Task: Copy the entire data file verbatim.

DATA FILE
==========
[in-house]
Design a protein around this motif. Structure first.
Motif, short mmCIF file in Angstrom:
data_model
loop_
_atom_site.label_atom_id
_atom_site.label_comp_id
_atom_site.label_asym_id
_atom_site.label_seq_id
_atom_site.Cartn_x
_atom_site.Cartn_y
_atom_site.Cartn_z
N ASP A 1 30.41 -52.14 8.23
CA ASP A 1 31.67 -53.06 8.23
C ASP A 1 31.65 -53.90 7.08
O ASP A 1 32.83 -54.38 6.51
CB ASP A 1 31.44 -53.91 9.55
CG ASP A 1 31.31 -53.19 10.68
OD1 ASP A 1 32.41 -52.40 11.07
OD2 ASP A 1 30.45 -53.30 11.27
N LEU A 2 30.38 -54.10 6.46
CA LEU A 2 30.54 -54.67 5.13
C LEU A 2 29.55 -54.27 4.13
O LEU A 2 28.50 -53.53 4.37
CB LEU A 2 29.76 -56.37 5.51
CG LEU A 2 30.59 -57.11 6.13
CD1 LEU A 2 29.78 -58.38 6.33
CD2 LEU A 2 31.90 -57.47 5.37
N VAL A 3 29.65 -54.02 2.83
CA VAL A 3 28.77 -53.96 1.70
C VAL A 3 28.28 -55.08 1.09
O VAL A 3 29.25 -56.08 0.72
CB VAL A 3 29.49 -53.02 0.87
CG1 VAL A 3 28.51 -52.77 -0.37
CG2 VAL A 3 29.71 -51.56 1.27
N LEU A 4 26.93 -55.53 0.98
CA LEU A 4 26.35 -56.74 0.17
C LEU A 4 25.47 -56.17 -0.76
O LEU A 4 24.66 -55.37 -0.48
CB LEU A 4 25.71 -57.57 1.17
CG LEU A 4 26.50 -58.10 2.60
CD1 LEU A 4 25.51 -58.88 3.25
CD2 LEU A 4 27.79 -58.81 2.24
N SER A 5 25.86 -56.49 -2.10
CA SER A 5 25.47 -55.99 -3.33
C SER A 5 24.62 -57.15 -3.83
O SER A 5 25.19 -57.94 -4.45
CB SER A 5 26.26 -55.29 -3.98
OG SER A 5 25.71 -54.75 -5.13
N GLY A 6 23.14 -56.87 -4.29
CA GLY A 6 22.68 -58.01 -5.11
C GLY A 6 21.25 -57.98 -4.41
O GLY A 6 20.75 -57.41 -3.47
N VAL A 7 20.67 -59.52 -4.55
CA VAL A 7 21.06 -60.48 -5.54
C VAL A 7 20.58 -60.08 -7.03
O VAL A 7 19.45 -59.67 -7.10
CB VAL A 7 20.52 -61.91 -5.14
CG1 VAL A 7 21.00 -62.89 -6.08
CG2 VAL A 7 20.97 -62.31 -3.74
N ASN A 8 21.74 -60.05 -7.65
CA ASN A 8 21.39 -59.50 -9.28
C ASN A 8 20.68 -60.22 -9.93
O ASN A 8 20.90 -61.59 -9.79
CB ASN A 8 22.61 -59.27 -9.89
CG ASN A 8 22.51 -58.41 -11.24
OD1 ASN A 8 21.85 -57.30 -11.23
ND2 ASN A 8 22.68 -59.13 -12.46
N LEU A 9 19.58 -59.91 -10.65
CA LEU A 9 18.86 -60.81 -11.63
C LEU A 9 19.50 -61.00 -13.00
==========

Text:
[in-house]
Design a protein around this motif. Structure first.
Motif, short mmCIF file in Angstrom:
data_model
loop_
_atom_site.label_atom_id
_atom_site.label_comp_id
_atom_site.label_asym_id
_atom_site.label_seq_id
_atom_site.Cartn_x
_atom_site.Cartn_y
_atom_site.Cartn_z
N ASP A 1 30.41 -52.14 8.23
CA ASP A 1 31.67 -53.06 8.23
C ASP A 1 31.65 -53.90 7.08
O ASP A 1 32.83 -54.38 6.51
CB ASP A 1 31.44 -53.91 9.55
CG ASP A 1 31.31 -53.19 10.68
OD1 ASP A 1 32.41 -52.40 11.07
OD2 ASP A 1 30.45 -53.30 11.27
N LEU A 2 30.38 -54.10 6.46
CA LEU A 2 30.54 -54.67 5.13
C LEU A 2 29.55 -54.27 4.13
O LEU A 2 28.50 -53.53 4.37
CB LEU A 2 29.76 -56.37 5.51
CG LEU A 2 30.59 -57.11 6.13
CD1 LEU A 2 29.78 -58.38 6.33
CD2 LEU A 2 31.90 -57.47 5.37
N VAL A 3 29.65 -54.02 2.83
CA VAL A 3 28.77 -53.96 1.70
C VAL A 3 28.28 -55.08 1.09
O VAL A 3 29.25 -56.08 0.72
CB VAL A 3 29.49 -53.02 0.87
CG1 VAL A 3 28.51 -52.77 -0.37
CG2 VAL A 3 29.71 -51.56 1.27
N LEU A 4 26.93 -55.53 0.98
CA LEU A 4 26.35 -56.74 0.17
C LEU A 4 25.47 -56.17 -0.76
O LEU A 4 24.66 -55.37 -0.48
CB LEU A 4 25.71 -57.57 1.17
CG LEU A 4 26.50 -58.10 2.60
CD1 LEU A 4 25.51 -58.88 3.25
CD2 LEU A 4 27.79 -58.81 2.24
N SER A 5 25.86 -56.49 -2.10
CA SER A 5 25.47 -55.99 -3.33
C SER A 5 24.62 -57.15 -3.83
O SER A 5 25.19 -57.94 -4.45
CB SER A 5 26.26 -55.29 -3.98
OG SER A 5 25.71 -54.75 -5.13
N GLY A 6 23.14 -56.87 -4.29
CA GLY A 6 22.68 -58.01 -5.11
C GLY A 6 21.25 -57.98 -4.41
O GLY A 6 20.75 -57.41 -3.47
N VAL A 7 20.67 -59.52 -4.55
CA VAL A 7 21.06 -60.48 -5.54
C VAL A 7 20.58 -60.08 -7.03
O VAL A 7 19.45 -59.67 -7.10
CB VAL A 7 20.52 -61.91 -5.14
CG1 VAL A 7 21.00 -62.89 -6.08
CG2 VAL A 7 20.97 -62.31 -3.74
N ASN A 8 21.74 -60.05 -7.65
CA ASN A 8 21.39 -59.50 -9.28
C ASN A 8 20.68 -60.22 -9.93
O ASN A 8 20.90 -61.59 -9.79
CB ASN A 8 22.61 -59.27 -9.89
CG ASN A 8 22.51 -58.41 -11.24
OD1 ASN A 8 21.85 -57.30 -11.23
ND2 ASN A 8 22.68 -59.13 -12.46
N LEU A 9 19.58 -59.91 -10.65
CA LEU A 9 18.86 -60.81 -11.63
C LEU A 9 19.50 -61.00 -13.00